Yesterday we wrapped up the first Beyond the Academy conference. It was a terrific meeting of over 40 public scholars from across the country talking about how academics can make their work matter beyond the often narrow confines of academia. Of course it is worthwhile to advance one’s own field, but this work need not happen without also engaging the larger public. In the meeting we grappled with how to do this work without falling into old hierarchical thinking, how to do research in communities without being imperialistic, and how to make a difference in public policy without losing one’s own soul. I’ll be writing up a report this next week, trying to pull together all the themes. I can say now, though, that we only scratched the surface of what “public scholarship” as a practice might be. Our keynote speaker, Dan Kemmis, got us thinking about that. Is public scholarship a practice in the Aristotelian sense of having internal to it its own ideals and standards? What would those be?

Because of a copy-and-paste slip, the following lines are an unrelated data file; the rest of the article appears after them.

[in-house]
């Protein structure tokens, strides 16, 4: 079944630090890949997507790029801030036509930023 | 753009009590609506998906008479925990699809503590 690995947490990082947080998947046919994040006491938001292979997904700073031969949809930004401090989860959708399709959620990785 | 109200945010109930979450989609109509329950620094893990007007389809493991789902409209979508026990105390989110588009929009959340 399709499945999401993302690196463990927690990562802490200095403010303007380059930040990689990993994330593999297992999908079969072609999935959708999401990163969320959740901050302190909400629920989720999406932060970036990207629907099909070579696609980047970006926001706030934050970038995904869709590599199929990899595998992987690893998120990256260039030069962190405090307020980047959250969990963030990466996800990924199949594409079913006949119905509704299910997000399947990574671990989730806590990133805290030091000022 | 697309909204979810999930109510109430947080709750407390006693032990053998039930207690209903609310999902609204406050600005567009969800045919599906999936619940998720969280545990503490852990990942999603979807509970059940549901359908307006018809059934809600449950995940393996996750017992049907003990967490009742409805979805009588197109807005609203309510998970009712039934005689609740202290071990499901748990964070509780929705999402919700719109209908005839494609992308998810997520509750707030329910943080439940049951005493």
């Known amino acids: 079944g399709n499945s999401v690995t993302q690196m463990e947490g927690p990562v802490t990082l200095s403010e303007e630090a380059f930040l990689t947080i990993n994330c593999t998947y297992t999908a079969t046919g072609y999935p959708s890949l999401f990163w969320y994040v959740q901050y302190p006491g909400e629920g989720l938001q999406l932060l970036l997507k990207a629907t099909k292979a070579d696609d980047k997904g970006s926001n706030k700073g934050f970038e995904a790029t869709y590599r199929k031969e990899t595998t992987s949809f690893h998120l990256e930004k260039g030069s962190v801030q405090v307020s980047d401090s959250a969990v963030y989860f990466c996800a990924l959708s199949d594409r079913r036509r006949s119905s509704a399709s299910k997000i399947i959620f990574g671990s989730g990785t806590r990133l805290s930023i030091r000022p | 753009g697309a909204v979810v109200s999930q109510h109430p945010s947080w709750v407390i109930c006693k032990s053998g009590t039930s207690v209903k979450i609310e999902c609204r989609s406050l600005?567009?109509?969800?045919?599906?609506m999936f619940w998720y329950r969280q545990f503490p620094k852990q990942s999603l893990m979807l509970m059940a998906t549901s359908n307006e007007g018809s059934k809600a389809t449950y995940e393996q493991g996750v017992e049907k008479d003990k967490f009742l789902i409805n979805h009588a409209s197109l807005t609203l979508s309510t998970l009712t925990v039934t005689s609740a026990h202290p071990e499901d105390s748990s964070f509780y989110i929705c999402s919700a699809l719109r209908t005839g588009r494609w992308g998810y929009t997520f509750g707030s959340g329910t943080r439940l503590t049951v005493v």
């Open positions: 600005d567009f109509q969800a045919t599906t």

To mull on this, see a piece in a New York Times blog on public intellectuals.